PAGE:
We don’t often think about it, but it is such a gift to be able to be a participant and an observer of a conversation at the same time. As humans, we have this wonderful capacity to be witnesses to our own lives. By observing ourselves in action, we can remember where we’ve been, recognize where we are and envision where we want to go. Our amazing brain is able to multi-task by sorting, evaluating and selecting our path forward. Our mind can be our own travel guide as we interact in the moment. What a powerful skill for leadership and life!
I was in Europe this week facilitating a leadership workshop with executives from several different countries. And I was reminded once again how important this skill really is, especially in the world. I had to keep one foot fully engaged in the present moment, carefully facilitating the conversation and navigating the complex cross-cultural dynamics playing out on the table. Yet I also had to step outside myself, observing how my U.S. lens was influencing my remarks, determine whether people were fully engaged and staying focused on where I was going to take the conversation next.
As human beings, our prefrontal cortex – commonly known as our executive brain – enables us to step outside ourselves in real time. By creating neural models of our past, present and future, we are able to think about our own thinking, to reconfigure the future we’re designing, as our circumstances and desires change. This form of thinking is called “metacognition.” It’s like having an objective bird’s-eye view of our lives and how we’re moving through them. Unlike any other primate, we can see patterns, assess our effectiveness and measure our progress. We can ask ourselves, “How am I doing? Is the strategy working? What can I do differently?” This allows us to learn, adapt and improve ourselves right on the spot.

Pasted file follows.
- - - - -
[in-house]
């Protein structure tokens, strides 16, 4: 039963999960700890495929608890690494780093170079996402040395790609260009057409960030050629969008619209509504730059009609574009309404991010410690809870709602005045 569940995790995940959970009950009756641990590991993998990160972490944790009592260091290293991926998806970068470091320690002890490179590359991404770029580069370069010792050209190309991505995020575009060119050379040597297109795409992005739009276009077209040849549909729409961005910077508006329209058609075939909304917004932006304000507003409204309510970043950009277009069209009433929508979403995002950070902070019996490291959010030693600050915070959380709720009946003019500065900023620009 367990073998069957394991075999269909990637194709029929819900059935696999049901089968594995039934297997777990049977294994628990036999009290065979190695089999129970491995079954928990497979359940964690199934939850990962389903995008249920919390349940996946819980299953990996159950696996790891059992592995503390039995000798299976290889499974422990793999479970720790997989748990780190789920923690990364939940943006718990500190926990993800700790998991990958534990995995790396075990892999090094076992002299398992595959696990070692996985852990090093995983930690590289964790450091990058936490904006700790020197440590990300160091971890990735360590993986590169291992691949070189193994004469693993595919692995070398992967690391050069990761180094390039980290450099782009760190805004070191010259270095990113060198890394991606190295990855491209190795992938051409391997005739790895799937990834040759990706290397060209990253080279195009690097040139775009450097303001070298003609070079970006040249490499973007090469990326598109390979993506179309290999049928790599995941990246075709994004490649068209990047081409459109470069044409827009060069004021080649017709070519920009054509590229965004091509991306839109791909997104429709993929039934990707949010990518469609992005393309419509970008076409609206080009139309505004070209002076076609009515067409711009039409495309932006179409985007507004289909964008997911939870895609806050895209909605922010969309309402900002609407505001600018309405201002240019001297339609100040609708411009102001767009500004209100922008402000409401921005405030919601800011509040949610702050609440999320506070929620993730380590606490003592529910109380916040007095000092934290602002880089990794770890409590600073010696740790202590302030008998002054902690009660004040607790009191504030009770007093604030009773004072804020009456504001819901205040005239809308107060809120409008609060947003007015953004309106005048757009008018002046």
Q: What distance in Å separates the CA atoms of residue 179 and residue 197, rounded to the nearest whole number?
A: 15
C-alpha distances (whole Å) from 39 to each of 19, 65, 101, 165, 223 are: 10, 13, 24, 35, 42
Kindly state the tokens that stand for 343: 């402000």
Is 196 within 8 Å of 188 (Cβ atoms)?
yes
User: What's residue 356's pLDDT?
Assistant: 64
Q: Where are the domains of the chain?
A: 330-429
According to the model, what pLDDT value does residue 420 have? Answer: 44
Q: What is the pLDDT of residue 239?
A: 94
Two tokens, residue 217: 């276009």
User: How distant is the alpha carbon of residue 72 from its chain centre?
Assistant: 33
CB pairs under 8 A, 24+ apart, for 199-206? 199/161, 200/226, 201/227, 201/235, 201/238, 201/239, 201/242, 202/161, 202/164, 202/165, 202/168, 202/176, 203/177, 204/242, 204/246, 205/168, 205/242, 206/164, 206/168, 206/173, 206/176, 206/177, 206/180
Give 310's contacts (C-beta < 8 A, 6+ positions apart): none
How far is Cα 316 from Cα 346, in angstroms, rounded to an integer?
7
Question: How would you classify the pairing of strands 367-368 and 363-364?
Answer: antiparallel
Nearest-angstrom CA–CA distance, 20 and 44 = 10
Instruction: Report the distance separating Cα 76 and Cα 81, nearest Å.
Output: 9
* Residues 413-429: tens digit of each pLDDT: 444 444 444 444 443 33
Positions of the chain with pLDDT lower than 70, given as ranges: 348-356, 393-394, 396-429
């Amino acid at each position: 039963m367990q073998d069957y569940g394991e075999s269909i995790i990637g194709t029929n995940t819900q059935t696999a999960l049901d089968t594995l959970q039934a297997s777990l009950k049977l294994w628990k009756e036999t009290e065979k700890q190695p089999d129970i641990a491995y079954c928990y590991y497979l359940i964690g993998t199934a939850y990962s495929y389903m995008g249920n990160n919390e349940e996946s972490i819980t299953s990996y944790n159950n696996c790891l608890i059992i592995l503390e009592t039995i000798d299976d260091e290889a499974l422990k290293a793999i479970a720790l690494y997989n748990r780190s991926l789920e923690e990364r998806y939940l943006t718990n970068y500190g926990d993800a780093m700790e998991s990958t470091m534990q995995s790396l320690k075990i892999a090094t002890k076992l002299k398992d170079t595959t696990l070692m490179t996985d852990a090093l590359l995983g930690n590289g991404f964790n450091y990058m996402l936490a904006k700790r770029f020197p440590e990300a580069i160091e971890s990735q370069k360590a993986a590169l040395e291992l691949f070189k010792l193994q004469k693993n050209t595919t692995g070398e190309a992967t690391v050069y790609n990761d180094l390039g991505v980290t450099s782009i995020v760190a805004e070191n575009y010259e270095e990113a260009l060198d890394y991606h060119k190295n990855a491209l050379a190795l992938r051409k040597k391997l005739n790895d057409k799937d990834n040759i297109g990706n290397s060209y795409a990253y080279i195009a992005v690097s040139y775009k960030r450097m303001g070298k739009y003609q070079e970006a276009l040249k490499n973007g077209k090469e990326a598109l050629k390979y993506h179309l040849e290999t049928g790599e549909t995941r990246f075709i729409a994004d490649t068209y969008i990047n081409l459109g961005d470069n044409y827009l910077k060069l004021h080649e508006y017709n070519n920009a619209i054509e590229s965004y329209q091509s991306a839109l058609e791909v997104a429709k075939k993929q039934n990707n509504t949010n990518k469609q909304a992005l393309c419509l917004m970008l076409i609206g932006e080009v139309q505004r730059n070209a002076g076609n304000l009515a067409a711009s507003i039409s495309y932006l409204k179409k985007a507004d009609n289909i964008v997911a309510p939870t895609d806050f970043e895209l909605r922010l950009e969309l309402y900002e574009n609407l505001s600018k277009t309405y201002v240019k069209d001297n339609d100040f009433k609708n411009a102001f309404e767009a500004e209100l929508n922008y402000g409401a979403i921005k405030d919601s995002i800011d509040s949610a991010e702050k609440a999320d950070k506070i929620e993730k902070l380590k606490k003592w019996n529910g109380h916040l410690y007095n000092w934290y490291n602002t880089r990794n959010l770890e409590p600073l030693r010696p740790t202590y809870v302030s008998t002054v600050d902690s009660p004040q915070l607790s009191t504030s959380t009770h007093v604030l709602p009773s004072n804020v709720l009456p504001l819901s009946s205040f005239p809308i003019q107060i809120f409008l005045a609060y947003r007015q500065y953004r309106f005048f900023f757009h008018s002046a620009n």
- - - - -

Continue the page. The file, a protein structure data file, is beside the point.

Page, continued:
Imagine all the times during the day when this skill would be incredibly valuable. For instance, you are presenting to a prospective customer and suddenly, he or she throws you a curve ball question that takes you off your script. You are giving what seems to be friendly feedback to a colleague, and she suddenly gets defensive and takes it personally. You are sitting in a meeting when you look at your phone to see an upsetting email, just when you’re ready to make your big point. Each of these situations requires you to be a participant and an observer at the same time.
Here are a few ideas I find helpful for operating in these two worlds simultaneously:
Stay focused in the moment. As soon as we let our minds wander into the past or start to anticipate or worry about the future, we have lost our capacity to be a full participant in the conversation. This makes us vulnerable when arrows come flying which they always do.
Develop interpersonal agility. This requires that we always have an agenda yet stay completely flexible to course correct on that agenda, depending upon what happens in the room.
Take yourself out of the conversation and observe what’s going on. Learn to see the emotions, relationships and interactions as data, and let it inform your next move.
By being the engaged participant and the wise observer, you will get more of what you want and avoid getting sidetracked by the situation.